Background: The anion gap (AG) is an important tool in the evaluation of metabolic acidosis. It is affected by many variables including serum albumin and globulin concentrations. HIV patients may have lower serum albumin and higher serum globulin concentrations. We hypothesized that the AG in HIV patients may differ from that of normal controls. Patients and methods: We reviewed medical records of 248 stable HIV patients and compared their laboratory variables to 312 patients being evaluated for routine health maintenance in an outpatient setting. Results: The average serum albumin concentration was not different in patients with HIV and normal controls (43 ± 6 g/L vs. 45 ± 4 g/L). The serum globulin concentration was significantly higher in the HIV patients when compared with that of normal controls (37 ± 9 g/ L vs. 28 ± 6 g/L; p<0.05). The AG in the HIV patients was significantly lower than that of normal controls (9.4 ± 1.9 mmol/ L vs. 10.8 ± 2.7 mmol/L; p<0.05). The slope of the regression line that describes the inverse relationship between serum globulin and AG was 0.147 mmol per g/L. Using this slope, AG could be adjusted for abnormal serum globulin levels: adjusted anion gap = anion gap + 0.147 × (globulin - 29). Conclusion: Our results indicate that the AG is lower in HIV patients and that this decrement may be due to the increase in serum globulin concentrations. Since a high serum AG metabolic acidosis may be masked by a deceitfully normal AG in patients with elevated serum globulin concentrations, calculation of corrected AG should be undertaken to avoid a costly delay in diagnosis and treatment.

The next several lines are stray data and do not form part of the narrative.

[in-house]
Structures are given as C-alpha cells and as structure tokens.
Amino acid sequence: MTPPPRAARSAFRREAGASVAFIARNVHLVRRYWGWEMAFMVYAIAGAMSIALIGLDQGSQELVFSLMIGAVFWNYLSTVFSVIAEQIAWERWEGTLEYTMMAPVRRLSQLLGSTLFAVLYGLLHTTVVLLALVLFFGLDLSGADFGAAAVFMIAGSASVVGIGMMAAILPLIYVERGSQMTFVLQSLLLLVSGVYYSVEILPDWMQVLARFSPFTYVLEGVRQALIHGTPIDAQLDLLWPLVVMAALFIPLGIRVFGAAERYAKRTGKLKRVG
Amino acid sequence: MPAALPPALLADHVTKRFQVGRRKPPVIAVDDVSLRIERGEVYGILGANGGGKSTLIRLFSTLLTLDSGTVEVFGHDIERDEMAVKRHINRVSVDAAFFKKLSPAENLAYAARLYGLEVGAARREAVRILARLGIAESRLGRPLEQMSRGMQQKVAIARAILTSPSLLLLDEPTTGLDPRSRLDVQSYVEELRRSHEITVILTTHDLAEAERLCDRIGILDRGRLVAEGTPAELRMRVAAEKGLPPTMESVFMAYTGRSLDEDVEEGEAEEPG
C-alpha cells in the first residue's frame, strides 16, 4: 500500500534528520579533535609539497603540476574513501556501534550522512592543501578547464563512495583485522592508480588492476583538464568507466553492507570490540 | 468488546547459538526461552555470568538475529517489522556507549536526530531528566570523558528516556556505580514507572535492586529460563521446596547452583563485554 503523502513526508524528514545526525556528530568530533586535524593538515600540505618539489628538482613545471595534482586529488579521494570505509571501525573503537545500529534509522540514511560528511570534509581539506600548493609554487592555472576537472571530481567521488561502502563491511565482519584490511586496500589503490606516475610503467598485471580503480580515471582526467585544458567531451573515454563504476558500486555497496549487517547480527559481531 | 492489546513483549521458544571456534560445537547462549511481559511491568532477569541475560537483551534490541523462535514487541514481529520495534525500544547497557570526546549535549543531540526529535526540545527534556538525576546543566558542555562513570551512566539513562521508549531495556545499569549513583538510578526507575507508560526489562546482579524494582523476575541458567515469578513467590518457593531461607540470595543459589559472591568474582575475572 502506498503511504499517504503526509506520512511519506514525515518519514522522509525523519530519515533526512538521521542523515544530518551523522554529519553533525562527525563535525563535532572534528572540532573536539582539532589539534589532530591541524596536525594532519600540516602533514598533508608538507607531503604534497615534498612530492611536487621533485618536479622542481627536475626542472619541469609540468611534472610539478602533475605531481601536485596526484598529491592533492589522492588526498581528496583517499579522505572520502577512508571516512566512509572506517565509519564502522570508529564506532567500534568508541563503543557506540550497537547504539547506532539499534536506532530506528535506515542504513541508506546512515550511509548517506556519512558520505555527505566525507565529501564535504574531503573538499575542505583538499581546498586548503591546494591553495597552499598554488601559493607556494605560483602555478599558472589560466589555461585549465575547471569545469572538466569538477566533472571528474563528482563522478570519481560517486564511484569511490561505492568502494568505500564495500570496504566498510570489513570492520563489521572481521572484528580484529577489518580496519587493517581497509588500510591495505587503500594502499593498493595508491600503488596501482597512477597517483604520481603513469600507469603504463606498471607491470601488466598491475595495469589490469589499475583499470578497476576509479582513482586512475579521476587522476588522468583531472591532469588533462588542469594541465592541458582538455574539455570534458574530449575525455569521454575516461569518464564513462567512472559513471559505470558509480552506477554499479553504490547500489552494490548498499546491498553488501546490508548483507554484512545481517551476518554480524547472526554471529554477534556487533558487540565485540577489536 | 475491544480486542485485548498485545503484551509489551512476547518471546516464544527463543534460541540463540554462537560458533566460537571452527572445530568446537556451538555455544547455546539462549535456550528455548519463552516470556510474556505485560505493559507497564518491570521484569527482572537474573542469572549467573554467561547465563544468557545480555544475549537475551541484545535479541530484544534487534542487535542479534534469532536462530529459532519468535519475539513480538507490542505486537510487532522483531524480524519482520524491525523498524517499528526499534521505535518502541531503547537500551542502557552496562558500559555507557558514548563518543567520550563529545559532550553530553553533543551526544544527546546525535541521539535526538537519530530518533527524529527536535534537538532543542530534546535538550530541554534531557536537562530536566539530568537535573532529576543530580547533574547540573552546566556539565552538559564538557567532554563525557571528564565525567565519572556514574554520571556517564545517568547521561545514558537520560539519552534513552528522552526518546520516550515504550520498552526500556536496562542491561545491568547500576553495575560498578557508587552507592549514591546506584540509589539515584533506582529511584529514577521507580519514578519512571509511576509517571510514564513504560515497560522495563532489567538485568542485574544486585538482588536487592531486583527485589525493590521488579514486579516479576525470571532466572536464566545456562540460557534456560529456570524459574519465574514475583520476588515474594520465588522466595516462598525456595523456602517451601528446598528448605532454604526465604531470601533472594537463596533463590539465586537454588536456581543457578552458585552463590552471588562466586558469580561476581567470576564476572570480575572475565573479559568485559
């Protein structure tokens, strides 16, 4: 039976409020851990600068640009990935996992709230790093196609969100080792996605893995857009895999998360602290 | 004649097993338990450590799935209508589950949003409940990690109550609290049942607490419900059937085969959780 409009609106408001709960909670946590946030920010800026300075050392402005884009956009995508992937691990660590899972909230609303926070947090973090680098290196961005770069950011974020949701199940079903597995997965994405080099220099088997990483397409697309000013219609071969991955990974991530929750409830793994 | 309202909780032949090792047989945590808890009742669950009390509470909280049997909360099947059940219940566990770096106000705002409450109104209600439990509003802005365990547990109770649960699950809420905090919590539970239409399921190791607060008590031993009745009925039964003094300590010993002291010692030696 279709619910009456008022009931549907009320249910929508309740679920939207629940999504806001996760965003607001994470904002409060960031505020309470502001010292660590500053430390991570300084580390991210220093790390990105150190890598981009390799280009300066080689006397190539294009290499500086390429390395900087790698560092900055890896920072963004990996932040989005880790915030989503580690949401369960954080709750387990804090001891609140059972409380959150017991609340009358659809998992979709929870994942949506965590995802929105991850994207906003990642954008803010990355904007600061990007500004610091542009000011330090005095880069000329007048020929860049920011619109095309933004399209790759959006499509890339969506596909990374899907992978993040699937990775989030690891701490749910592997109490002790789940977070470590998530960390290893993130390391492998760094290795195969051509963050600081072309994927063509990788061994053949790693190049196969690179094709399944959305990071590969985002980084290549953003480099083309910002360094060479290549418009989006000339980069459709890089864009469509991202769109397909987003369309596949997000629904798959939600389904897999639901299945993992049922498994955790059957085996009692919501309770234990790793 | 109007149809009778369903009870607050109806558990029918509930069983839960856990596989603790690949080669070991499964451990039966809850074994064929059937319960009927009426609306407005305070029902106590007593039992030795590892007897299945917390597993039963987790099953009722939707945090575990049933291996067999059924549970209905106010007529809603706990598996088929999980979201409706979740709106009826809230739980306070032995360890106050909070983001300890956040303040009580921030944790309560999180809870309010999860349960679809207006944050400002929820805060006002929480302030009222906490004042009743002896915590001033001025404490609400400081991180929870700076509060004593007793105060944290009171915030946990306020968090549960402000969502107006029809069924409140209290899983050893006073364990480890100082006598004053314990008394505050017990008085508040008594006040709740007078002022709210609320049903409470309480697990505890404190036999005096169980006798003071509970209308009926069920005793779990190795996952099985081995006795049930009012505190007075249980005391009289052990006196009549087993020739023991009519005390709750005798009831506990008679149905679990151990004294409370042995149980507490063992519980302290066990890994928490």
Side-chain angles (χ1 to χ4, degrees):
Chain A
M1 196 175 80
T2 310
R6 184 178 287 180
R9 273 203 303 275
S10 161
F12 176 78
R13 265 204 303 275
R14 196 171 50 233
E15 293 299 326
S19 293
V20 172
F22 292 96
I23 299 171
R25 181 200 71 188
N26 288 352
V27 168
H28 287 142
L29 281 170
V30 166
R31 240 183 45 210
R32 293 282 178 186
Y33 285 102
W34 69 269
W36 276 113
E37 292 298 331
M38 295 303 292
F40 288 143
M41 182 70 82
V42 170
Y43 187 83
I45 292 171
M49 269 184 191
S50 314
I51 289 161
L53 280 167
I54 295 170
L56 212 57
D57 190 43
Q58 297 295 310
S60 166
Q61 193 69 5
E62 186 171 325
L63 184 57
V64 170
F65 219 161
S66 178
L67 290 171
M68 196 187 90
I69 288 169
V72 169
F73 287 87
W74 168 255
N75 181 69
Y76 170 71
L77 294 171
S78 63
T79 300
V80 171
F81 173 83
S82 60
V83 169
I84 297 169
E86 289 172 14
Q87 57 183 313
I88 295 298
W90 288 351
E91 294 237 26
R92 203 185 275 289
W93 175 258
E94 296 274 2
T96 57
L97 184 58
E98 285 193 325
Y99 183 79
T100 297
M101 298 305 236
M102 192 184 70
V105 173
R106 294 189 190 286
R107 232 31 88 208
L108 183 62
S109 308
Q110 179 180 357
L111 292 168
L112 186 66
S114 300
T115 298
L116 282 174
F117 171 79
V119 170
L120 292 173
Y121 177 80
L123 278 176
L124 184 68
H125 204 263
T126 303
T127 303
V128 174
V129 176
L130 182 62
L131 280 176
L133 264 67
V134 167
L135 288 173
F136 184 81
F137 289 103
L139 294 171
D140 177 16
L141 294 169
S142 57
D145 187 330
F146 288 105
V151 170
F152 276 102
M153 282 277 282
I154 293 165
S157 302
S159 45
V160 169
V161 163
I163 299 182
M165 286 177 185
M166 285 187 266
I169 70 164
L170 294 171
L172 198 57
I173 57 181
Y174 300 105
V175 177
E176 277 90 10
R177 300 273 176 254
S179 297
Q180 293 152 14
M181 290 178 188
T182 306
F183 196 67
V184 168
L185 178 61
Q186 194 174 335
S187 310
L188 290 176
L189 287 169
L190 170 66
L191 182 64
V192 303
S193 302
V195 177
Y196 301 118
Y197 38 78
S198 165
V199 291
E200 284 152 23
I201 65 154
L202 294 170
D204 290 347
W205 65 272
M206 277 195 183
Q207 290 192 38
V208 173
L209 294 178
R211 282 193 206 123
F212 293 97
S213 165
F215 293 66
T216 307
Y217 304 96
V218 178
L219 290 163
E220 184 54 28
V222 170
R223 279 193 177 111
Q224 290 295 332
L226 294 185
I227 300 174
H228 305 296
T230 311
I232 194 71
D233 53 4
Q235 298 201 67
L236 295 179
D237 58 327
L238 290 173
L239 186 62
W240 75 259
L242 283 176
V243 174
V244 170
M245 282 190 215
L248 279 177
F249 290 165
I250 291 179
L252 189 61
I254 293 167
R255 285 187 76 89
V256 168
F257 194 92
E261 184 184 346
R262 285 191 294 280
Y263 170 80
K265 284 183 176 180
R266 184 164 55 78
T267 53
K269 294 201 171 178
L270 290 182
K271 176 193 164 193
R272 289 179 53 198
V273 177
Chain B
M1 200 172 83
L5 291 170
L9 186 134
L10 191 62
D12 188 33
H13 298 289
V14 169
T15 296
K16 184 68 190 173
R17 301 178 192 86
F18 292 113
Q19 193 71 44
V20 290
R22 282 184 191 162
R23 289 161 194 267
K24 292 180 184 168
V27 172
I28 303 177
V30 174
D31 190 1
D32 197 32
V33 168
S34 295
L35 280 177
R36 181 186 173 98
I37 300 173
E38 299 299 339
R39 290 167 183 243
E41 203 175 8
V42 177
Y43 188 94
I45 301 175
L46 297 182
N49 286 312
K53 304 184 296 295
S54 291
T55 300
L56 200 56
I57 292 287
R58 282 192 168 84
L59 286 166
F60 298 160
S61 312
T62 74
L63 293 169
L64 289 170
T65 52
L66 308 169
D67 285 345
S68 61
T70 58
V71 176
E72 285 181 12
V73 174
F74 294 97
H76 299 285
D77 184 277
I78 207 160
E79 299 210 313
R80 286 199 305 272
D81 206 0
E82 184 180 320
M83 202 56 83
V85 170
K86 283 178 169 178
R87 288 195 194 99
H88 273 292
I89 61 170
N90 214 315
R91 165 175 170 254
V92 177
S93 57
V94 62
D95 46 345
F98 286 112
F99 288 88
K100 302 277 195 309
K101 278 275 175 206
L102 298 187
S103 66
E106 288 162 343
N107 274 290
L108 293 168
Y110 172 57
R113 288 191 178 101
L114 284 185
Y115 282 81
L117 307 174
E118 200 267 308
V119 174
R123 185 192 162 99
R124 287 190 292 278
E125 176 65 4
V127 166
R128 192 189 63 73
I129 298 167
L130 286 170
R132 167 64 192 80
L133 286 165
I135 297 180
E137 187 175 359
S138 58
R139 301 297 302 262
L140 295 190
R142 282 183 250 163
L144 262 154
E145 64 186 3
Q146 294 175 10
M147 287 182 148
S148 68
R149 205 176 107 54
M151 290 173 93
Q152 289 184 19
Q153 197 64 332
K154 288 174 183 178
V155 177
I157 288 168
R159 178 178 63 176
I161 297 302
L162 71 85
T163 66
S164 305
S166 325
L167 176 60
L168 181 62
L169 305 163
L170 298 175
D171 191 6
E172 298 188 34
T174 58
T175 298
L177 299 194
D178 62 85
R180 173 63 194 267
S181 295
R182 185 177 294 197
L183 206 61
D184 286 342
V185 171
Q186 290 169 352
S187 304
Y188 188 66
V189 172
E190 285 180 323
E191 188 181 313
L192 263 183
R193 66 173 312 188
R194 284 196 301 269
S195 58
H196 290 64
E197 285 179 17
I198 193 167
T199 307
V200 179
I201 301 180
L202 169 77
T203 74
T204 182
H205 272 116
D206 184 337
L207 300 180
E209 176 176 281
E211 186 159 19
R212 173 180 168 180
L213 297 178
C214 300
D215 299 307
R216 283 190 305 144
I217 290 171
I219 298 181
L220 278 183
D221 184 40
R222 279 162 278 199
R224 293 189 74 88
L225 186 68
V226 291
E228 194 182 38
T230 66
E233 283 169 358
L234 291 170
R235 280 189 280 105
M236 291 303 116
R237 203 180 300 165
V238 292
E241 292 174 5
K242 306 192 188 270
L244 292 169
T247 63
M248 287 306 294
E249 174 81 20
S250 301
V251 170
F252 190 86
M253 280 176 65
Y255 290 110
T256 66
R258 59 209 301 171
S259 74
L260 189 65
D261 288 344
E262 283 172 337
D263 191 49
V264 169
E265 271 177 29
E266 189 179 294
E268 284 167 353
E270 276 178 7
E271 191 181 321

|Number of pages||4|
|Journal||Journal of Nephrology|
|State||Published - Nov 1 2007|
- Anion gap
- Metabolic acidosis